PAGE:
BELFAST — Sierra Dietz is bringing the Grasshopper Shop back to its Belfast roots. She will open a shop at 105 High St. later this year.

Bringing the store back to Belfast has been on her mind for a while, she said. She grew up in Waldo County and now lives in Belfast. She owns the Grasshopper Shop in Rockland and has been running it on her own for seven years.

The first Grasshopper Shop store was in Belfast, she said. Her parents, Ken Schweikert and Johanna Strassberg, bought the small shop,  which was primarily a magazine stand and bus depot for Greyhound, in 1975. The following year, they moved the store to a Main Street location and started expanding their inventory.

The parking area across the street from the Beaver Street public parking lot is filled with items from the Grasshopper Shop when it was open on Main Street in the ’70s and ’80s. Date of the photo is unknown. Courtesy of Sierra Dietz

Her parents opened a number of other locations in the following years in Camden, Ellsworth and Bangor, she said. The couple co-owned the Bangor shop with Schweikert’s brother and sister-in-law, Rick and Laurie Schweikert. The Bangor shop is now at the airport and owned by somebody else. It is not connected to Dietz’s family.

In 1989 her parents split up and the Belfast location was closed, she said. The Rockland outlet is the only one left of the original shops.

Dietz grew up in the Belfast store, she said. Her parents set up her playpen in the front window of the shop and when she was older she would spend afternoons there after school playing with the toys and annoying the salespeople.

Owner Johanna Strassberg stands in front of the Grasshopper Shop’s former Belfast location on Main Street in 1985 during the shop’s 10th anniversary. Courtesy of Sierra Dietz

Growing up, she had ambitions of her own, she said. So, she went off to study architecture in college and lived in Boston for a while, where she fell back into retail. That is when she realized she was good at it and came home to work in the family business in 2000.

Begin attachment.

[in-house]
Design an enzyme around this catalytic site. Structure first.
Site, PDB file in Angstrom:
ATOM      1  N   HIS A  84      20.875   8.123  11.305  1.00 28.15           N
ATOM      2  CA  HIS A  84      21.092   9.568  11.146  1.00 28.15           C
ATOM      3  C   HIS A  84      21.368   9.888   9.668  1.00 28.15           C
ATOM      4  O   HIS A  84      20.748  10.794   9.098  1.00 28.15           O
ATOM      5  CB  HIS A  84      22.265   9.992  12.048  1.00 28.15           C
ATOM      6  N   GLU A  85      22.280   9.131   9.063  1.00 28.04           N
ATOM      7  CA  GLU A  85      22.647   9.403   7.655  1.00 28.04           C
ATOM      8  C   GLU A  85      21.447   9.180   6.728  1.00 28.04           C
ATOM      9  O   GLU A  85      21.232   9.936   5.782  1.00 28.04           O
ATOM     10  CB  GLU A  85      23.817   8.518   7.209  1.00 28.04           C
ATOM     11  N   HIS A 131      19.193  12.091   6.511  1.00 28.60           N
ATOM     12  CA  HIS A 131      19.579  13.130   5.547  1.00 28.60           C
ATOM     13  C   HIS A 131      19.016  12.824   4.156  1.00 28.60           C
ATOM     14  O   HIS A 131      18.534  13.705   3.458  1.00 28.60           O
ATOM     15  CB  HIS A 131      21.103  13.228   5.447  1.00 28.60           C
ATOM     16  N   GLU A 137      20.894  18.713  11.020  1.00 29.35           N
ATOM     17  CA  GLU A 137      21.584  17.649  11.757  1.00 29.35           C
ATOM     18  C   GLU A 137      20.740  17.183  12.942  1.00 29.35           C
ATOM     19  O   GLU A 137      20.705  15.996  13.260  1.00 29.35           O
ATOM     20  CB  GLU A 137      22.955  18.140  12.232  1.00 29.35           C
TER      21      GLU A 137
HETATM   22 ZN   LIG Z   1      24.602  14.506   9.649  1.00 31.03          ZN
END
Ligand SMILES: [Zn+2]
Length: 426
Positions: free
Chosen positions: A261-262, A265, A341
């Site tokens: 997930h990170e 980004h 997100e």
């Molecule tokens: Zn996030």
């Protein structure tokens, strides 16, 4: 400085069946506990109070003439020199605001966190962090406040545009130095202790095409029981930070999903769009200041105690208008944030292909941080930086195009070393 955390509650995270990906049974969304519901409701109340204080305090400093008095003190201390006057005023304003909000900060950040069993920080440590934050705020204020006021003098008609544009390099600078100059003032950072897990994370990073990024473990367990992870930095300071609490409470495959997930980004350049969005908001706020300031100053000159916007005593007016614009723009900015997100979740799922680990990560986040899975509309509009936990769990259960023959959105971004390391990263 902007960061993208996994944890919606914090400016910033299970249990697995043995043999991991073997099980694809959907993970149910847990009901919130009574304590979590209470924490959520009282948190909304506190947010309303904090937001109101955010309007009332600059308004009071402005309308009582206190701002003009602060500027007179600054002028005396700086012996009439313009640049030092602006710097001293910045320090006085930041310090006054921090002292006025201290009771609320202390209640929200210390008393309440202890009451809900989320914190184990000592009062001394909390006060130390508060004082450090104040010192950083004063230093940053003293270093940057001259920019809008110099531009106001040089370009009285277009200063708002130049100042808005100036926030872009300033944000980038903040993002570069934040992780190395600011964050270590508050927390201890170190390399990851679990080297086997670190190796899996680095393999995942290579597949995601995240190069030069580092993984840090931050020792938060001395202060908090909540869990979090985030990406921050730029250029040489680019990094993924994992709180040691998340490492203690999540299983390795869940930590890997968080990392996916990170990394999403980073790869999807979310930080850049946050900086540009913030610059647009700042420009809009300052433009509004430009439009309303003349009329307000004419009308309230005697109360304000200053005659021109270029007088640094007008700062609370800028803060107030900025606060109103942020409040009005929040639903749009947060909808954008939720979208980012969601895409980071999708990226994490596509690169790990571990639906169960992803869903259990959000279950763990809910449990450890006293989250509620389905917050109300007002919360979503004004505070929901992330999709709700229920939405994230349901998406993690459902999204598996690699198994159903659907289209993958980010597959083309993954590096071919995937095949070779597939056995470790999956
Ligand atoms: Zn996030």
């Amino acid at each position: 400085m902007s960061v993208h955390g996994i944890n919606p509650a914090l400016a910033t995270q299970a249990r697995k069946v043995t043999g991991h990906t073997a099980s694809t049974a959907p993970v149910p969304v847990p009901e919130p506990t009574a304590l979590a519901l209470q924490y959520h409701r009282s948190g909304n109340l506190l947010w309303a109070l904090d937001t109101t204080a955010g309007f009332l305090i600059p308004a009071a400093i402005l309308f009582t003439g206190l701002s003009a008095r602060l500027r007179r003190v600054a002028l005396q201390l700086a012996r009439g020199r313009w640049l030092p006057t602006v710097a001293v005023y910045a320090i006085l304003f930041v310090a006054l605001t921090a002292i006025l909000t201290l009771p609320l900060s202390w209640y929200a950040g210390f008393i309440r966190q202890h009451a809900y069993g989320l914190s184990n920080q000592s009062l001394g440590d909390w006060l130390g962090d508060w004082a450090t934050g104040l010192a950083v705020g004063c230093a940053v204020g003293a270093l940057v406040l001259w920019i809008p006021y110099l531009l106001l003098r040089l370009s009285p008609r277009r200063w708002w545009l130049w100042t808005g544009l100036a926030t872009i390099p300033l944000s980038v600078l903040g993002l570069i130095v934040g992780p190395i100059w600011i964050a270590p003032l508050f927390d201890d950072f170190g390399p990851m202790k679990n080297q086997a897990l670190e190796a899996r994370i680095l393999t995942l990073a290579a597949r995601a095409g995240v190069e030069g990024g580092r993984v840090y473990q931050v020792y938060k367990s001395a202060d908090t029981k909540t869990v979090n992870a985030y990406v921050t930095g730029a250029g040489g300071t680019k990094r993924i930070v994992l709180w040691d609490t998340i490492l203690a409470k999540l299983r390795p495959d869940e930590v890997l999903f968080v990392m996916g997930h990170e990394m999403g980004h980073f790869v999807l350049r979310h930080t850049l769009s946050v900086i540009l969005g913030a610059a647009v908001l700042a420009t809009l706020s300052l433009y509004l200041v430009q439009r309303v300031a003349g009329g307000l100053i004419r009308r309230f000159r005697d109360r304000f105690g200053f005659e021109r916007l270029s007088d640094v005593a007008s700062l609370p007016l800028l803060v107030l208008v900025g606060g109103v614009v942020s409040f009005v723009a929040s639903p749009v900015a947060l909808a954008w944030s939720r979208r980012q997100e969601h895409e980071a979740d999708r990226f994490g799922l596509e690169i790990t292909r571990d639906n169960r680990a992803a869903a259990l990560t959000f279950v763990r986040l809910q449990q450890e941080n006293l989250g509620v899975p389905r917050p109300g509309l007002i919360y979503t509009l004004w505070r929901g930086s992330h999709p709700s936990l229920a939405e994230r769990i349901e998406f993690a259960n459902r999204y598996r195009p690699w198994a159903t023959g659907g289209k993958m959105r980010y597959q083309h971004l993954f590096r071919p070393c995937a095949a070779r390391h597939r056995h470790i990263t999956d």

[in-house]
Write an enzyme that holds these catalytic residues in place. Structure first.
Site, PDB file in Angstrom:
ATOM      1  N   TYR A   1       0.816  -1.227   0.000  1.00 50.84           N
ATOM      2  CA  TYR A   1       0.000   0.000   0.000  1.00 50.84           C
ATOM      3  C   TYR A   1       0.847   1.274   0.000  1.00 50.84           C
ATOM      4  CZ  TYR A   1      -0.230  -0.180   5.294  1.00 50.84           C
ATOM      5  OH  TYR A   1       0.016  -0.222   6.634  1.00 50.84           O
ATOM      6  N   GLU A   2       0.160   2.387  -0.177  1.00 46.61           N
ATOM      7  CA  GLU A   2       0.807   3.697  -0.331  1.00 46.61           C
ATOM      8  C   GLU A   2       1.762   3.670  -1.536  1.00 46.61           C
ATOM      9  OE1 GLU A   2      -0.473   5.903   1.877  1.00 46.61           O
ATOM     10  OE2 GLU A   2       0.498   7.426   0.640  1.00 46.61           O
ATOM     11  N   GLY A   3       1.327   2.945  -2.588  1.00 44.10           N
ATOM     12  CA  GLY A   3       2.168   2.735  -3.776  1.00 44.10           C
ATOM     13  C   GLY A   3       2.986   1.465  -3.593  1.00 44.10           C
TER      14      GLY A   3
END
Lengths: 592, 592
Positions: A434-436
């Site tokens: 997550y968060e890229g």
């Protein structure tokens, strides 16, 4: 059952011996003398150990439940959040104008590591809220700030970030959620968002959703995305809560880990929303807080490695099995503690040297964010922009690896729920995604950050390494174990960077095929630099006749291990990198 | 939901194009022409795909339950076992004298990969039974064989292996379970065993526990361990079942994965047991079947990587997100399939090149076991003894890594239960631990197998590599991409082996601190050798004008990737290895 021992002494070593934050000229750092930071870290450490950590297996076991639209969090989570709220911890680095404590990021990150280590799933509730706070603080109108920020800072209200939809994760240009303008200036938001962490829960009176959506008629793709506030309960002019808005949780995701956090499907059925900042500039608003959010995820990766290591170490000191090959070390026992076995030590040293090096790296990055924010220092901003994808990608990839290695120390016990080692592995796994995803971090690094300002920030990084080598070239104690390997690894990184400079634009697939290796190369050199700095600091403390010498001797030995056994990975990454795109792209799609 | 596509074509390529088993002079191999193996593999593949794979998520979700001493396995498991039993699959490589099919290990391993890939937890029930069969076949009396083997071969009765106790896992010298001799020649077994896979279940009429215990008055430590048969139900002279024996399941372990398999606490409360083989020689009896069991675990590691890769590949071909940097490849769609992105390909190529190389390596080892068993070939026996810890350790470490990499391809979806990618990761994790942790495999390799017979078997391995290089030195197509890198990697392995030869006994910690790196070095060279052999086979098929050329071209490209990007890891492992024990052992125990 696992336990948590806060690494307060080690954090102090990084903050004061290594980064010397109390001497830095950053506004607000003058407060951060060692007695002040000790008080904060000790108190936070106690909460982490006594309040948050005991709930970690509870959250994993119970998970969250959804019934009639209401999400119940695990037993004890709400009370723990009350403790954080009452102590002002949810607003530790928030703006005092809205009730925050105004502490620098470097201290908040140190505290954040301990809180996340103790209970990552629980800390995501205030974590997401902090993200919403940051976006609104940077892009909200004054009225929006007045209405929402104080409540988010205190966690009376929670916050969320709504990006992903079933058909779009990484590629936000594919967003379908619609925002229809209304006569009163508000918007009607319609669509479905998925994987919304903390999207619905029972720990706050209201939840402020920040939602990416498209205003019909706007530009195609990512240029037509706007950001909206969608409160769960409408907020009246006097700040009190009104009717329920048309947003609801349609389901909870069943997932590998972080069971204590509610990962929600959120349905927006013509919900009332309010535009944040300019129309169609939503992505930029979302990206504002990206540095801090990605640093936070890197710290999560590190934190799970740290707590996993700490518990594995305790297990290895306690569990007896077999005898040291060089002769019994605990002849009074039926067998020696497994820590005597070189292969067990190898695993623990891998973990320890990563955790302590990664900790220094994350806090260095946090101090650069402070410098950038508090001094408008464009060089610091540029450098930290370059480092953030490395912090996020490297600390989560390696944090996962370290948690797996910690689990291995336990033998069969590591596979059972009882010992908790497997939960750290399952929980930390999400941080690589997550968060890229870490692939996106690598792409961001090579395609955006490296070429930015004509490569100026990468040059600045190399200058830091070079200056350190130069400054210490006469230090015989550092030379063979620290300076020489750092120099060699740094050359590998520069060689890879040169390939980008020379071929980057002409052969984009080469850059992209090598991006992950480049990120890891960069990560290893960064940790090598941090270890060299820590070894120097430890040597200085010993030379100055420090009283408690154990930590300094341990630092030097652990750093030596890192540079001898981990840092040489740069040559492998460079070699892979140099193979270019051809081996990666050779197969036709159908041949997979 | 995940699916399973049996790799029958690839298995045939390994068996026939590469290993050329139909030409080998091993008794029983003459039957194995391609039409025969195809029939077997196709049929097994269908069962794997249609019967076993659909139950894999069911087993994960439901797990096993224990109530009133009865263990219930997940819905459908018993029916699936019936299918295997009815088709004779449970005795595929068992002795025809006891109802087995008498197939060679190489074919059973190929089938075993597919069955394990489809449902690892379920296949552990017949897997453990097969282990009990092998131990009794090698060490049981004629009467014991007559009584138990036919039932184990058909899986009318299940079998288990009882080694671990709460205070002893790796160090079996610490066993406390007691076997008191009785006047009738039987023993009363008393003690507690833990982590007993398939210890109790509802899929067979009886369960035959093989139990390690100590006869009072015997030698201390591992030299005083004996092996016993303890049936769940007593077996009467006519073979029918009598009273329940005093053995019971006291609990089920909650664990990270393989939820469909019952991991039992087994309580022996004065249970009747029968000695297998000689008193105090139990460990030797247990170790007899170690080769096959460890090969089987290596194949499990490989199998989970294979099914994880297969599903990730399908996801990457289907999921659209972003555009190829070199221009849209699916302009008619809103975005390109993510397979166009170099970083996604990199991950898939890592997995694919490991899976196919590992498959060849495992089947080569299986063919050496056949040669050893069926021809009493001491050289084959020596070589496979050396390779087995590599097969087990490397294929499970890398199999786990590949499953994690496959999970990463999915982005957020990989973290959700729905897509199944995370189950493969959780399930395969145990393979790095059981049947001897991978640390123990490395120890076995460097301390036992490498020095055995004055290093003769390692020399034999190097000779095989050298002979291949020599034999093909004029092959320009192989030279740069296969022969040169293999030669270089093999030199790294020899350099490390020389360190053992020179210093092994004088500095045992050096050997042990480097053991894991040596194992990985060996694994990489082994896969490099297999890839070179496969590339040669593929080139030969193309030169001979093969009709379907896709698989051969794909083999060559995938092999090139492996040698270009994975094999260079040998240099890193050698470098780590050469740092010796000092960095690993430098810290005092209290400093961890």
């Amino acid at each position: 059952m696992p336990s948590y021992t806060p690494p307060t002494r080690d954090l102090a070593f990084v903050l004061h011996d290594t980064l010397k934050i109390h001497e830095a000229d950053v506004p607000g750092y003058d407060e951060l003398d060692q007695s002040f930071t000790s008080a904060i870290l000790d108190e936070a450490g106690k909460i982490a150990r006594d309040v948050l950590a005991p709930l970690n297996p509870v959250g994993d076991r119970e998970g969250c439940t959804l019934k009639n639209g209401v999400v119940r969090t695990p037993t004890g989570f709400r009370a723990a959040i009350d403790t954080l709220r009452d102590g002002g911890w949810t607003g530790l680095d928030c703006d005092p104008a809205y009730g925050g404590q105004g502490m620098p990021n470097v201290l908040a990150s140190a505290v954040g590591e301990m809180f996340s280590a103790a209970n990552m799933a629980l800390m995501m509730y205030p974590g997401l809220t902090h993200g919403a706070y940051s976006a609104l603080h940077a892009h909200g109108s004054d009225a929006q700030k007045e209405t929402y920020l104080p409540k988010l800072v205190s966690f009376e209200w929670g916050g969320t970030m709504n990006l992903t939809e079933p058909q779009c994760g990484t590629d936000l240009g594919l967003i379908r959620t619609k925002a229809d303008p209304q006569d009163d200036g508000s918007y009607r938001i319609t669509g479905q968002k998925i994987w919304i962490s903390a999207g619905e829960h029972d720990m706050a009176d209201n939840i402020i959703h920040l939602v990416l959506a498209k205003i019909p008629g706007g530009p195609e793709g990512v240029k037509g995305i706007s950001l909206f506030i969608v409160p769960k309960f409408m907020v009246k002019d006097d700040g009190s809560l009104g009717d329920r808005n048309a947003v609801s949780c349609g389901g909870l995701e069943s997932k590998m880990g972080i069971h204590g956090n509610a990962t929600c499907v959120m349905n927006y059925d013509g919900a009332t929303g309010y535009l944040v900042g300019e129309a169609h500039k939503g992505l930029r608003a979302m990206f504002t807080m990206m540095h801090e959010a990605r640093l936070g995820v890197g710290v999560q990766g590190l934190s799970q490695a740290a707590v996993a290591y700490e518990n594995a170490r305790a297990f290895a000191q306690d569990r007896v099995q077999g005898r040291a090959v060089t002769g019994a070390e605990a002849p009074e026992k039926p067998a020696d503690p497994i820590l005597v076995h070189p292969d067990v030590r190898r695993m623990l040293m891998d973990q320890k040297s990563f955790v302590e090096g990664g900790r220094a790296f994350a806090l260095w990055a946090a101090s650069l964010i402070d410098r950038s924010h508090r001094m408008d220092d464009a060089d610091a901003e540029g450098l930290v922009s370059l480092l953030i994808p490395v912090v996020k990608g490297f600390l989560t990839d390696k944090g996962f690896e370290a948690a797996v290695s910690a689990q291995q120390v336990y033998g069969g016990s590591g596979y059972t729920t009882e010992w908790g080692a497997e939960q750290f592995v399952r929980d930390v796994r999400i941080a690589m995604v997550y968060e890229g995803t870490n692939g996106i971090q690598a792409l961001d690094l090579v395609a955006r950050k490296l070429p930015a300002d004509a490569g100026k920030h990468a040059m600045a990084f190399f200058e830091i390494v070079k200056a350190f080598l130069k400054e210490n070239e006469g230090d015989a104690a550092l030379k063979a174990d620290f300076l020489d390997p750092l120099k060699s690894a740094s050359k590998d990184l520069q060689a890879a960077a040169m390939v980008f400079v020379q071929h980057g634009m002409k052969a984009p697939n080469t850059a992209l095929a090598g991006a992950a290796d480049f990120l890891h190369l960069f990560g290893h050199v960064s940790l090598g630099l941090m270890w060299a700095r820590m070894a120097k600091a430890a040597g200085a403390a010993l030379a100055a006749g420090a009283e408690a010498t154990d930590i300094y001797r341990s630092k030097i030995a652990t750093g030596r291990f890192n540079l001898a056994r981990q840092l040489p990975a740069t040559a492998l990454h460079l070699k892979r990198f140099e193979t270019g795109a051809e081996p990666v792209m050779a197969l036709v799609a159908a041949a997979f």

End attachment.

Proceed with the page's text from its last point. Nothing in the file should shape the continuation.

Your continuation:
She worked in the Ellsworth and Rockland stores for a while before buying her mother’s business partner out in 2005, becoming co-owner of the Rockland shop with her mother. In 2015, she bought her mother out and became full owner of the Rockland shop.

She always had thoughts of bringing the shop back to Belfast and after a record year of business in 2021, she was able to finally bring that vision to fruition.

“The business has sort of slowly been growing and it’s something that I’ve thought about for quite some time,” she said. “I live in Belfast and certainly it’s the community I’ve grown up in and feel the most connected to, although I certainly love Rockland as well, but the idea of having a store in Belfast again was very appealing to me.”

She thinks the pandemic has made people more aware of where they spend their money. “I think people have really made a conscious decision to support small businesses,” she said.

She hopes to open as soon as possible, and thinks the shop could be open by June, she said. It will offer similar items to the shop in Rockland. The Belfast space is about half as big as the Rockland space, so she has decided not to sell shoes, figuring that item is already available in other downtown shops. What makes the Grasshopper Shop different is the unique nature of its items and the variety offered, she said.

“It’s one store you can go to and you can pretty much get a gift for anybody,” she said. “… We can dress you from head to toe, we can help pick out a wedding gift, we can help pick out a birthday present, all of those things.”

Children’s clothes are one product line she is selling that she thinks not many other places in the downtown area offer, she said. She thinks that area of downtown is seeing a lot of growth, like the library, dance studio, Co-op and the United Farmers Market of Maine, and she likes the idea of being an anchor for that part of High Street.

“As the downtown has really filled up and there’s not a lot of empty spaces available, I think we’re seeing it grow a little bit outward from the few blocks you might think.”

She has received overwhelming support from those local and away on social media, she said. People who shopped at the original store as kids are excited for its return. She thinks the Grasshopper Shops have been an important business in Midcoast Maine for 46 years.

Right now she is just content with the idea of running two Grasshopper Shop locations, but is considering the possibility of expanding the shop in more areas throughout the Midcoast again in the future, she said.